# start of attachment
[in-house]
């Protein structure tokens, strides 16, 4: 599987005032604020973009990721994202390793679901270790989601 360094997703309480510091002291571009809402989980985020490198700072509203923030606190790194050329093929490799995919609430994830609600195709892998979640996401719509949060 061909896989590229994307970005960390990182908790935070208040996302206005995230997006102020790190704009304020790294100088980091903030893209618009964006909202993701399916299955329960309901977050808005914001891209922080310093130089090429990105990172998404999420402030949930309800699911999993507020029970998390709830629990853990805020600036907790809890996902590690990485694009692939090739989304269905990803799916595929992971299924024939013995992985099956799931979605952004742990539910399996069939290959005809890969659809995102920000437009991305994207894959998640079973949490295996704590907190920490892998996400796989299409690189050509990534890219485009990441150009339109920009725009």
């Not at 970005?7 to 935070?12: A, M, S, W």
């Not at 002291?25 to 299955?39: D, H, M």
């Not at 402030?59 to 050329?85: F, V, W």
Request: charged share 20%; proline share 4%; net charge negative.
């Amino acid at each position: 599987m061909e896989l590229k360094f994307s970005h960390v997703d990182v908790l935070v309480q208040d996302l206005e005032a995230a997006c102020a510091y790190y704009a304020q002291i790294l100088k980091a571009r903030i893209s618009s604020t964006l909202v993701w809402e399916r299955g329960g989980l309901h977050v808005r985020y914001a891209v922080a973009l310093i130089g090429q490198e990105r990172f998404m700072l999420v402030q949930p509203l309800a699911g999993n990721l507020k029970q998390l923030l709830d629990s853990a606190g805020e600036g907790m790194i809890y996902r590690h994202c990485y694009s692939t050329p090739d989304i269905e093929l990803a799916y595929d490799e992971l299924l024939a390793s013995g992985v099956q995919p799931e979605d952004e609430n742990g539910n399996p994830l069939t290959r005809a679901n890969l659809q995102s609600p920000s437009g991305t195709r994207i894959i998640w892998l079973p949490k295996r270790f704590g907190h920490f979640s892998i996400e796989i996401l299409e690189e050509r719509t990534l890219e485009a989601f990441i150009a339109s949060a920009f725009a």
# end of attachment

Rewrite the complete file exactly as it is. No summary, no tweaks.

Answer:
[in-house]
């Protein structure tokens, strides 16, 4: 599987005032604020973009990721994202390793679901270790989601 360094997703309480510091002291571009809402989980985020490198700072509203923030606190790194050329093929490799995919609430994830609600195709892998979640996401719509949060 061909896989590229994307970005960390990182908790935070208040996302206005995230997006102020790190704009304020790294100088980091903030893209618009964006909202993701399916299955329960309901977050808005914001891209922080310093130089090429990105990172998404999420402030949930309800699911999993507020029970998390709830629990853990805020600036907790809890996902590690990485694009692939090739989304269905990803799916595929992971299924024939013995992985099956799931979605952004742990539910399996069939290959005809890969659809995102920000437009991305994207894959998640079973949490295996704590907190920490892998996400796989299409690189050509990534890219485009990441150009339109920009725009």
């Not at 970005?7 to 935070?12: A, M, S, W």
């Not at 002291?25 to 299955?39: D, H, M």
């Not at 402030?59 to 050329?85: F, V, W």
Request: charged share 20%; proline share 4%; net charge negative.
């Amino acid at each position: 599987m061909e896989l590229k360094f994307s970005h960390v997703d990182v908790l935070v309480q208040d996302l206005e005032a995230a997006c102020a510091y790190y704009a304020q002291i790294l100088k980091a571009r903030i893209s618009s604020t964006l909202v993701w809402e399916r299955g329960g989980l309901h977050v808005r985020y914001a891209v922080a973009l310093i130089g090429q490198e990105r990172f998404m700072l999420v402030q949930p509203l309800a699911g999993n990721l507020k029970q998390l923030l709830d629990s853990a606190g805020e600036g907790m790194i809890y996902r590690h994202c990485y694009s692939t050329p090739d989304i269905e093929l990803a799916y595929d490799e992971l299924l024939a390793s013995g992985v099956q995919p799931e979605d952004e609430n742990g539910n399996p994830l069939t290959r005809a679901n890969l659809q995102s609600p920000s437009g991305t195709r994207i894959i998640w892998l079973p949490k295996r270790f704590g907190h920490f979640s892998i996400e796989i996401l299409e690189e050509r719509t990534l890219e485009a989601f990441i150009a339109s949060a920009f725009a």